David Kopp Reviews By Chloe – Vegan Goodness Opens in Silverlake

A Pharaohs performance. | Photo: Courtesy of Alejandro Cohen.
Dublab’s Alejandro Cohen on the Art of the Mix
June 2, 2016
SonyaRecipe1
Sonya Masinovsky’s Shavuot Recipe
June 9, 2016
Show all

David Kopp Reviews By Chloe – Vegan Goodness Opens in Silverlake

Chloe 1

By David Kopp / @davidbkopp

Book signing or Yom Kippur services, what do you do?  This was a choice my friend faced. Mind you this wasn’t just any book signing, it was Chloe Coscarelli, vegan chef and winner of cupcake wars who won with–no joke–vegan cupcakes. Chloe is a witch basically. As a vegan and loyal student of her cooking, my friend opted for the book signing. Not even Jewish guilt could keep her away from Chloe.  And while I, as an orthodox-ish Jew, probably wouldn’t have made the same decision, frankly now I can say I get it.

Chloe opened her first restaurant By Chloe in West Village, NYC. I promised my friend I’d try it out on my next trip.

Yeah. I’d ‘try it out’ alright. On my first trip I ordered five different items (I couldn’t just report back on one dish) and they were all insane. I had to keep reminding myself that everything was vegan. It was a simple, awesome menu of things that sounded and tasted both familiar and appealing, local and foreign. I don’t know much about food but it seemed to be all comfort food. Sure the mac-and-cheese didn’t taste as cheesified as dairy mac, but it had shitake bacon on it for God’s sake. Shitake bacon!

I went back six times, yes with friends but mostly just by myself. Leaving NYC is always hard for me, By Chloe made it a lot worse. I packed food to take on the plane and share with my friend upon my return.

Which is why my heart supernovaed when my friend informed me that she’d be opening a By Chloe in Silverlake, about a 20 minutes drive from where we lived in Pasadena. The rest of the story is pretty straightforward: we got 6 people together, showed up the day after it opened (to avoid the crowds); walked in, stepped up to the counter and said ‘We’ll take one of everything.’ The cashier wasn’t sure he heard right ‘That’s right, one of everything.’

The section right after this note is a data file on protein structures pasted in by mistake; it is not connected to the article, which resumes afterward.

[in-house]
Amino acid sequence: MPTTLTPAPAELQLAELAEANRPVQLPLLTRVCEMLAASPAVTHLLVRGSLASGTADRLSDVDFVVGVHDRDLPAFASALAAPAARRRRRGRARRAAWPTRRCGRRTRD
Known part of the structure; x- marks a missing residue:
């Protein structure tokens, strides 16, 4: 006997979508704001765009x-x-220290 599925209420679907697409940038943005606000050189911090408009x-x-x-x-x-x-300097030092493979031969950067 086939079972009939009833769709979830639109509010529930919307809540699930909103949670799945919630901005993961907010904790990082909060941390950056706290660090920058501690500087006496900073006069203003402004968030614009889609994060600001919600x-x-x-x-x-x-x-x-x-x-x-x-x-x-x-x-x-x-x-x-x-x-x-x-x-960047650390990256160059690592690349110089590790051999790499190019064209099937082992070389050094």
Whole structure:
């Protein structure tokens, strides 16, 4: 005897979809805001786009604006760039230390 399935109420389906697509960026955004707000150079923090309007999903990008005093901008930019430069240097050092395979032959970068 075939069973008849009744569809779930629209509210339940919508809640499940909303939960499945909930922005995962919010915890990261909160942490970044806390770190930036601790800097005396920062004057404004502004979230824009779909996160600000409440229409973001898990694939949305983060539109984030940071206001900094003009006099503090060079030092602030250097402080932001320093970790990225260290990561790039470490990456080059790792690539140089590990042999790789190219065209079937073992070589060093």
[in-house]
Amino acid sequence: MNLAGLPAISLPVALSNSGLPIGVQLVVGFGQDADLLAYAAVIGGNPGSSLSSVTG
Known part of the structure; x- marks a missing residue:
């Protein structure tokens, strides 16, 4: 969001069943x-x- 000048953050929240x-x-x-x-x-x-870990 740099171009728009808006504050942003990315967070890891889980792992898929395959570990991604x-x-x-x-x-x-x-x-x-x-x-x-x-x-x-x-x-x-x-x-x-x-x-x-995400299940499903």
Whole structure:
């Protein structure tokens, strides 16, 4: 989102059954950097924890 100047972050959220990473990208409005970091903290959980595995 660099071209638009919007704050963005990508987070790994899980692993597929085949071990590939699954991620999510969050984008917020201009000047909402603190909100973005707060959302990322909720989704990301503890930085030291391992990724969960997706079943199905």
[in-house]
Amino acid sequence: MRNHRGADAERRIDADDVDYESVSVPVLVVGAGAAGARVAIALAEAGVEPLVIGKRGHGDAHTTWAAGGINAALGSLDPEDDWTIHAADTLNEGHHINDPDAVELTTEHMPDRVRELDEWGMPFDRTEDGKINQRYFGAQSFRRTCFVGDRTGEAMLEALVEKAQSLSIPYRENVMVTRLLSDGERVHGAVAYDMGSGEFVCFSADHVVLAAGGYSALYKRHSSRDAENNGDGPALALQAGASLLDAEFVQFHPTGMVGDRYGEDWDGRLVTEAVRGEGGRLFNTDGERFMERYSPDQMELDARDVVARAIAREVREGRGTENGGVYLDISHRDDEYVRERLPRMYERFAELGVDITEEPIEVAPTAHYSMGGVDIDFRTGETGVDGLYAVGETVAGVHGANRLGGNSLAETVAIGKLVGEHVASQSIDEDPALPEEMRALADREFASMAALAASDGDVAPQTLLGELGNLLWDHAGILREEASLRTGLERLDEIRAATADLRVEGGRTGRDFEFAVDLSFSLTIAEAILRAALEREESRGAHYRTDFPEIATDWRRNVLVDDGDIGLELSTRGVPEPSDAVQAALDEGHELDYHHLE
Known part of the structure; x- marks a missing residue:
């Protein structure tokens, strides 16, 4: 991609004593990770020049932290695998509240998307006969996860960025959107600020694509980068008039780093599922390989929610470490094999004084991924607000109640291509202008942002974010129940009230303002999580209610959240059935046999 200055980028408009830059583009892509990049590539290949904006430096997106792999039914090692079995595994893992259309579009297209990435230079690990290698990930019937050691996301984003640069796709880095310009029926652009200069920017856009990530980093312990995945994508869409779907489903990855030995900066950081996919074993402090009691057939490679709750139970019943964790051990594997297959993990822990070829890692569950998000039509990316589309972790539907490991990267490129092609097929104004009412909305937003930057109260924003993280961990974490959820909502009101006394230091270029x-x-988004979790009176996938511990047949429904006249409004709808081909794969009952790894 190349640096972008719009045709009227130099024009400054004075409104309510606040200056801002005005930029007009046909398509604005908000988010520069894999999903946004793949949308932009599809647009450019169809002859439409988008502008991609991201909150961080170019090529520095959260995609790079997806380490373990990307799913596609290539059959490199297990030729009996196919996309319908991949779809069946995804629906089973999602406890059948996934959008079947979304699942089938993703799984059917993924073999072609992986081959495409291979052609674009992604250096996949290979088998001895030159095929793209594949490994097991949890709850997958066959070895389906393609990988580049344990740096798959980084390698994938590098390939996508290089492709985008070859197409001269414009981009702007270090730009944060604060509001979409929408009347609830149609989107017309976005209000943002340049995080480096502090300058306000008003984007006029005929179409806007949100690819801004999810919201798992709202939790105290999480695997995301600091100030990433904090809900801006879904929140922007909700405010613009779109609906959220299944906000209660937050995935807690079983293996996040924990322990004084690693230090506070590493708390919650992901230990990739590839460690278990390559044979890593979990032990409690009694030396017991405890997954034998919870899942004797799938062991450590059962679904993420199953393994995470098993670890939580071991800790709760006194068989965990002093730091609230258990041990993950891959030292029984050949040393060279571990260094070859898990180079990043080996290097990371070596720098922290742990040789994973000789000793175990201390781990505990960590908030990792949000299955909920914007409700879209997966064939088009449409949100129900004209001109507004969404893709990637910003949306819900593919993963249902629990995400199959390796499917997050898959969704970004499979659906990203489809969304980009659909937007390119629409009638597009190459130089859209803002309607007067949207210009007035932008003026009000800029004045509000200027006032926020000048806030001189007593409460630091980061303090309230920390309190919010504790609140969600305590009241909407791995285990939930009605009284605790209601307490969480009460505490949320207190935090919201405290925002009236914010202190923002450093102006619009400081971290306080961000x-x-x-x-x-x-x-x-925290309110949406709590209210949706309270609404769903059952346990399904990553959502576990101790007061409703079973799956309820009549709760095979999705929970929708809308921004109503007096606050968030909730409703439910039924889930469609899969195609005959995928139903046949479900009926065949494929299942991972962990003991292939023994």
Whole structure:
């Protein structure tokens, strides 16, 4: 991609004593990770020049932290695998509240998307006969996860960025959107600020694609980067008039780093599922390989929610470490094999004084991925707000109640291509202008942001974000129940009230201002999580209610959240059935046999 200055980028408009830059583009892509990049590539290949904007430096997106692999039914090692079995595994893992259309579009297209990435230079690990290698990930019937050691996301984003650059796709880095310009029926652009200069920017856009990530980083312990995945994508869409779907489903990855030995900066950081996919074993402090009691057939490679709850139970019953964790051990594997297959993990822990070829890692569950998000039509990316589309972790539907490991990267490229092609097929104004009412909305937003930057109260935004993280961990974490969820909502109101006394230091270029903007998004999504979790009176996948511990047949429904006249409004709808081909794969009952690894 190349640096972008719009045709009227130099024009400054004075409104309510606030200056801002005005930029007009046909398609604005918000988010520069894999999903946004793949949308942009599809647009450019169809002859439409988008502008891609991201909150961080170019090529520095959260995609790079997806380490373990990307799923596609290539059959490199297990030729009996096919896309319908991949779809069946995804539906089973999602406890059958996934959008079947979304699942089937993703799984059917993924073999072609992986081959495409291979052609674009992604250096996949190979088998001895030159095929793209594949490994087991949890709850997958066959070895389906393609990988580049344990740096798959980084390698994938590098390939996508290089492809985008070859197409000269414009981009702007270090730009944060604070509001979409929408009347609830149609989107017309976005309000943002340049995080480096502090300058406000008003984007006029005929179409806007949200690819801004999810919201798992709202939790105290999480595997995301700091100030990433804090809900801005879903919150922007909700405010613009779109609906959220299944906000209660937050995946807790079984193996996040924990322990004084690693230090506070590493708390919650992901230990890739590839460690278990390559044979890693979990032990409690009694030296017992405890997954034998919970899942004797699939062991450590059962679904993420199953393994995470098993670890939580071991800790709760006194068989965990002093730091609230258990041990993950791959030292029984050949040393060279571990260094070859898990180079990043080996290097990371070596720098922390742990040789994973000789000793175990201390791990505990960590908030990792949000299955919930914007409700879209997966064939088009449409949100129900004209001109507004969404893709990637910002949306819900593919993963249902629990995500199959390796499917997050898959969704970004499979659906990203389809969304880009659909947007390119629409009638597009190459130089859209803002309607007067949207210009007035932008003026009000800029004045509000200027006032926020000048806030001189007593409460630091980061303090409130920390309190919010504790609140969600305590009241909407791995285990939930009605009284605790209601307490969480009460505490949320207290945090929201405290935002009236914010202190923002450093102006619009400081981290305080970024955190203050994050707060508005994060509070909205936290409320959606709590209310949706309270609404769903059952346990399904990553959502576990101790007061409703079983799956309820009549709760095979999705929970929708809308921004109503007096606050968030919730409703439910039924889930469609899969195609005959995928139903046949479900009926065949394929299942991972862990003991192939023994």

We set up all the food along the thin bar and walked around tasting each of the different dishes. Sweet potato fries and beet ketchup, whiskey bbq burger, pesto meatball sandwich, mac-and-cheese with shitake bacon. Shitake bacon! Salads. Cookies and cupcakes. Insanely overpriced juice cocktails. (Liquor license coming soon.) Speaking of price, it’s totally reasonable. Our extravagant One Of Everything tab came to $30 a head and there were leftovers––pretty good for a full meal at a nice kosher joint.

Well, almost kosher joint. They’re still finalizing details for certification, but it seems imminent. (And anyway, even by relatively strict halachic standards, a kosher-keeping Jew can reliably eat plenty at most any vegan restaurant without a certification, though religious ignoramuses will insist otherwise.) Oh yeah, and the staff was super genuine and friendly. Like, suspiciously genuine and friendly.

I’m not sure if I’m just excited to have a new quasi-local place to eat a normal kosher meal, or if the food is really as great as I’m hyping it up to be. Whatever. It’s going to be a regular spot for me, even if I have to fight the post-hipster Silverlake millennial monks for a parking space in the overcrowded 365 Whole Foods parking lot. It’s all worth it. Maybe not ‘miss Yom Kippur’ worth it, but then I’ve never had access to a By Chloe on Yom Kippur so we’ll just have to see.

 

Leave a Reply

Your email address will not be published. Required fields are marked *